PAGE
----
Despite an increasingly diverse student body, white and Asian students far outnumber their black, Hispanic, and Native American classmates in gifted programs. This disparity is not new or unique to Georgia. However, recent changes to how the state allows schools to determine eligibility pose a potential setback. Limiting the options for teachers to contribute to eligibility criteria moves us back toward seeing kids as numbers and ignores the effect diverse backgrounds have on test results.
Long ago in a faraway land, Alfred Binet and his colleague Theodore Simon developed the world’s first practical IQ test. Even though the Binet-Simon scale was originally intended as a scientific approach to addressing the needs of children with below average intelligence, it quickly became weaponized as a means to separate the haves from the have nots. Historically, an updated American version called the Stanford-Binet was the first to report IQ (Intelligence Quotient) as a single static score. Government officials quickly latched on to the idea of separating people by mental ability and began screening new immigrants as they entered Ellis Island.
Not surprisingly, individual results were used to make sweeping generalizations about entire nationalities and added to calls for immigration restrictions. More recent examples include President Trump tweeting, “my IQ is one of the highest –and you all know it!” and later attacking U.S. Rep. Maxine Waters, D-Calif., as “an extraordinarily low IQ person.”
What does all this have to do with the price of tea in China—or the race of gifted kids in Georgia? When gifted education became part of state law in 1958, Georgia used IQ score as the sole factor for identification. To its credit, Georgia’s original legislation made it the first state to both mandate adapted services for gifted students and fully fund them for schools.
However, the single-score approach to identification led to a huge disparity among those identified. By 1995, more than 90 percent of the state’s gifted students were white with black students making up less than 10 percent, even though the overall student population was closer to 60-40. The State Board of Education and state Legislature took decisive action at that time to expand identification to include multiple criteria.
Students can now be identified through either the traditional method (IQ score or another score showing exceptional mental ability) or superior performance in any three of four areas: mental ability, achievement, creativity, and motivation. While mental ability is still based on a standardized test, the other three areas include the option for judging a student-produced product or performance, and the last two have an additional option of trained adults completing a rating scale. Rating scales were accepted for both creativity and motivation until 2013, when the Georgia Department of Education changed eligibility guidelines to only allow a rating scale for one area or the other. While some advocates for the change pointed to bias in teacher’s ratings of minority students, less options rarely produce better results.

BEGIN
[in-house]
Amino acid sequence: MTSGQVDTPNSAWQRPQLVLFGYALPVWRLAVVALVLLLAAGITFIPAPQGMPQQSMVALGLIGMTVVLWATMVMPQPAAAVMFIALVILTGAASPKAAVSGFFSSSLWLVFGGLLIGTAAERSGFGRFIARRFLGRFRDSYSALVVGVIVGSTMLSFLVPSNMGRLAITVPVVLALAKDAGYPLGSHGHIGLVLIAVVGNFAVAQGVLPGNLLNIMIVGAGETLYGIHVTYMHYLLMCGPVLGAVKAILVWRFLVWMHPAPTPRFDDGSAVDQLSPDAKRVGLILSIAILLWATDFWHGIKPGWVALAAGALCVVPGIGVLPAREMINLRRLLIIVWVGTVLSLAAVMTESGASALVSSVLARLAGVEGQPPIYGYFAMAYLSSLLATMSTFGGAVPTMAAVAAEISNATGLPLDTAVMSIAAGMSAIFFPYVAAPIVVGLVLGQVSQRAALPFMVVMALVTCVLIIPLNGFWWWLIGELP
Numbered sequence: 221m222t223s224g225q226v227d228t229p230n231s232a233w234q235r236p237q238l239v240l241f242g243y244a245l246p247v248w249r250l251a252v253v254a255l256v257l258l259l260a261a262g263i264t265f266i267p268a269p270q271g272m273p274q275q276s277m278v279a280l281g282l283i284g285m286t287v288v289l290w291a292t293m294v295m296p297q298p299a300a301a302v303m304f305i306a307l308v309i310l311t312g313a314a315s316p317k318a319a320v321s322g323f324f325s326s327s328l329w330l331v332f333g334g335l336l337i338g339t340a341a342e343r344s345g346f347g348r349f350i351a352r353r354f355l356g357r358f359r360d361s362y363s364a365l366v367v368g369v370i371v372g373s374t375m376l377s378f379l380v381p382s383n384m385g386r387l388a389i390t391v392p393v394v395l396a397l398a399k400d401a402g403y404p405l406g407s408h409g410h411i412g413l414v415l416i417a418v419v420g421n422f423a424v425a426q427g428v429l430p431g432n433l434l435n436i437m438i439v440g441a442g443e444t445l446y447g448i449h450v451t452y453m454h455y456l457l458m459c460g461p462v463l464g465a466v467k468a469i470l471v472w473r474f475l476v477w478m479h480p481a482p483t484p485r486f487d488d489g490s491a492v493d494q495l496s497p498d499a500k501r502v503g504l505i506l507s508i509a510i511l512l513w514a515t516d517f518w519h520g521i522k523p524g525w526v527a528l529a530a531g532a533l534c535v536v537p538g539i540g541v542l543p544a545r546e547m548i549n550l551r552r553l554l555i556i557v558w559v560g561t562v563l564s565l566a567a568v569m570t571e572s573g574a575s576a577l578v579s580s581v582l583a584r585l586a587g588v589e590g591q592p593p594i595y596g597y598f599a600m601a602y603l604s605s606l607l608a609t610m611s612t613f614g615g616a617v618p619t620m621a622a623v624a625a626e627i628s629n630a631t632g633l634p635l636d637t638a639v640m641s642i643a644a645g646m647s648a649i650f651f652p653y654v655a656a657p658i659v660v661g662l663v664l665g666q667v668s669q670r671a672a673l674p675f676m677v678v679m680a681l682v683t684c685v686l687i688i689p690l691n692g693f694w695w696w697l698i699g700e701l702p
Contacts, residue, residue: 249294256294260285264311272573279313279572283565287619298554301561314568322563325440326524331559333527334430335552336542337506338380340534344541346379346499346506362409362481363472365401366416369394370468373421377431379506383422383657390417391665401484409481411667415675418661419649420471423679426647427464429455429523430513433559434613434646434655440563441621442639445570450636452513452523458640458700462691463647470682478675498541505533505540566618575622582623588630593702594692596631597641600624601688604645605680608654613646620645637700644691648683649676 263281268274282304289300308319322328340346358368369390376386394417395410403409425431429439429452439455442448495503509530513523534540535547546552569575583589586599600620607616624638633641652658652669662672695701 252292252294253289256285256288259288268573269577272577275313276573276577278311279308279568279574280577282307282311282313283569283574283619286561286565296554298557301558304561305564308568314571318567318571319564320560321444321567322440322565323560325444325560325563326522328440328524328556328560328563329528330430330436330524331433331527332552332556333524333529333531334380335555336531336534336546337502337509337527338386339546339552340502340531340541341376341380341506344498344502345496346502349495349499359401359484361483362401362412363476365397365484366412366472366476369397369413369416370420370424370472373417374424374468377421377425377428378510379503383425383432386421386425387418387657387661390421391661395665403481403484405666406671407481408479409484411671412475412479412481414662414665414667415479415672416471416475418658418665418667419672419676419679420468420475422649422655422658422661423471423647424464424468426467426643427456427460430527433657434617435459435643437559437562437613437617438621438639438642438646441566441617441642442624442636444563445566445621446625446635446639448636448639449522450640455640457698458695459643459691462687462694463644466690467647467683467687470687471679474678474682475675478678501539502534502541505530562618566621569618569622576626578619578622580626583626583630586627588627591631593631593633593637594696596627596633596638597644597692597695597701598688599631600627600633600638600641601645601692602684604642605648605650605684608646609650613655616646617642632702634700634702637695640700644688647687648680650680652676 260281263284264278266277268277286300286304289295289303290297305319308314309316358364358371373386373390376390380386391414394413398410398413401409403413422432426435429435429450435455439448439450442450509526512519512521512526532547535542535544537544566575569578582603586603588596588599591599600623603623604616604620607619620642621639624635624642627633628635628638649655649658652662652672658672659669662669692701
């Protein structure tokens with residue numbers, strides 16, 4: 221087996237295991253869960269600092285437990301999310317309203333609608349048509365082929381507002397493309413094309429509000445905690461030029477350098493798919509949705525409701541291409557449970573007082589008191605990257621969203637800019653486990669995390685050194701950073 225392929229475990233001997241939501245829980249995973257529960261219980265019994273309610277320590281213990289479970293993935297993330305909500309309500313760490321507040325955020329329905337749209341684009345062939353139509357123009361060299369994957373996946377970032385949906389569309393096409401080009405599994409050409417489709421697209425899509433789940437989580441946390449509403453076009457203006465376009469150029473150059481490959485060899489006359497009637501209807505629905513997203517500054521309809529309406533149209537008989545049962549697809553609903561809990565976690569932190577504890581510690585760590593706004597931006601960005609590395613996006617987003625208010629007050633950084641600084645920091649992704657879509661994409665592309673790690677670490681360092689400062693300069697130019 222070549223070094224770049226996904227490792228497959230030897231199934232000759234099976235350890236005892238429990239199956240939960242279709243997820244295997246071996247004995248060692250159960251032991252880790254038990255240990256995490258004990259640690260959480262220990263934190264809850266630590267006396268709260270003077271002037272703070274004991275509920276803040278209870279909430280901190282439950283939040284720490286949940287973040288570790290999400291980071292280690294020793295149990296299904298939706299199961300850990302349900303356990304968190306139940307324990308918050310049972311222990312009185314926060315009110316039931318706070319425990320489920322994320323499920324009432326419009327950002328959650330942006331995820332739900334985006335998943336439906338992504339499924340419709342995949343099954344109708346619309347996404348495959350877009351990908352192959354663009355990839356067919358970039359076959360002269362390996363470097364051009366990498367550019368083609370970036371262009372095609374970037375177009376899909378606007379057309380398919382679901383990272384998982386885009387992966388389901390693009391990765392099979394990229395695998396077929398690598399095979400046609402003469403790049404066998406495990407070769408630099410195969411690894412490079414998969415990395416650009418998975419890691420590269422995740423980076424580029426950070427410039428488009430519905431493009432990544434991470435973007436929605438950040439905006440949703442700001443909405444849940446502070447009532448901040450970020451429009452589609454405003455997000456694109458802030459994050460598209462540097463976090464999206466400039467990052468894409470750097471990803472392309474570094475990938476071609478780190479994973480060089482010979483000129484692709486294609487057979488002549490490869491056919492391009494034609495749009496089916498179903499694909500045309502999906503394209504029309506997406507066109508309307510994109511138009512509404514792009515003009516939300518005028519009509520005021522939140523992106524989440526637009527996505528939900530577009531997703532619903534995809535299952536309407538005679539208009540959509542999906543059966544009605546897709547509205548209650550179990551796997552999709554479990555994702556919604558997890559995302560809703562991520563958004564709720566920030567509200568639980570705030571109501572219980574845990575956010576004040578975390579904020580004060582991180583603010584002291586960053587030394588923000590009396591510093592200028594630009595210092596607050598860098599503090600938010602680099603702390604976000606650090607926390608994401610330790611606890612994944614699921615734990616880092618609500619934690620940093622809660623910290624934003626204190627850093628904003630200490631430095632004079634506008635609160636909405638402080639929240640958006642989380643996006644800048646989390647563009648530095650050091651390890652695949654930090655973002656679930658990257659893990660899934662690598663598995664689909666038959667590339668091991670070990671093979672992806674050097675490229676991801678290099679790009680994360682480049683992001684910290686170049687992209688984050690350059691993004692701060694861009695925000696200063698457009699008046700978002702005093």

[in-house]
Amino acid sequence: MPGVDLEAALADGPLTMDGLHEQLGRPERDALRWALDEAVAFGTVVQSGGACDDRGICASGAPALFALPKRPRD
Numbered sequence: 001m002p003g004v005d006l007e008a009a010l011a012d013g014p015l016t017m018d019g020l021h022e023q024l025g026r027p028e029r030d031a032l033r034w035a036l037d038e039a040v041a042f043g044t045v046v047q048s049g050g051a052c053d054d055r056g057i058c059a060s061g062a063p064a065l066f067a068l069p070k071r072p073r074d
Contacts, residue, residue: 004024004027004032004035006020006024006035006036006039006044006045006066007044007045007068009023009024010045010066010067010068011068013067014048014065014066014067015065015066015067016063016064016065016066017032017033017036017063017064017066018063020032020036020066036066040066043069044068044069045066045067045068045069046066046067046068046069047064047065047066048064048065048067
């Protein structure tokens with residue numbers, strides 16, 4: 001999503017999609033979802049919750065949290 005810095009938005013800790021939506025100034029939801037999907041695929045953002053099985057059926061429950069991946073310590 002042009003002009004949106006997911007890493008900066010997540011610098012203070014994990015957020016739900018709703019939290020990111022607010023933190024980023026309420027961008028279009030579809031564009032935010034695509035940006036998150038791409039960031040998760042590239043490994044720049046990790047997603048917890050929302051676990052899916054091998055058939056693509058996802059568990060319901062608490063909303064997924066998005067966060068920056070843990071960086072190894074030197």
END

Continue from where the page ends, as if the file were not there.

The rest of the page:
Rating scales provide an opportunity for teachers who work closely with students every day to report on how they demonstrate creativity and motivation in an authentic learning environment. The rating scales are not simple checklists or tick boxes. Instruments like the Gifted Eligibility Scales and Children’s Academic Intrinsic Motivation Inventory are produced by major testing companies and come with extensive guides for determining scores.
Georgia also requires that gifted program teachers in every school train classroom teachers each year on using the rating scales and how to recognize gifted traits in diverse populations. Restricting the use of teacher rating scales increases a student’s reliance on either a paper-pencil test for creativity or their GPA for motivation. Both of these are problematic in their own way.
Formal tests for creativity take place in a standardized environment removed from any actual learning. The test administrator is often unfamiliar with the students being tested, especially English Language Learners and other students receiving remediation-based services. Using GPA for motivation layers in all of the factors that we know affect student performance. Household income, family dynamics, and academic readiness all impact a student’s grades but exist separately from any intrinsic trait of motivation.
Fortunately, creativity and motivation both play out in classrooms and on playgrounds every day through students’ assignments, questions, and interactions. If we are going to follow through with the original intent of “increasing educational advantages for gifted students in the public schools of Georgia”, teachers and schools need every appropriate option available to identify students from every background who possess that potential.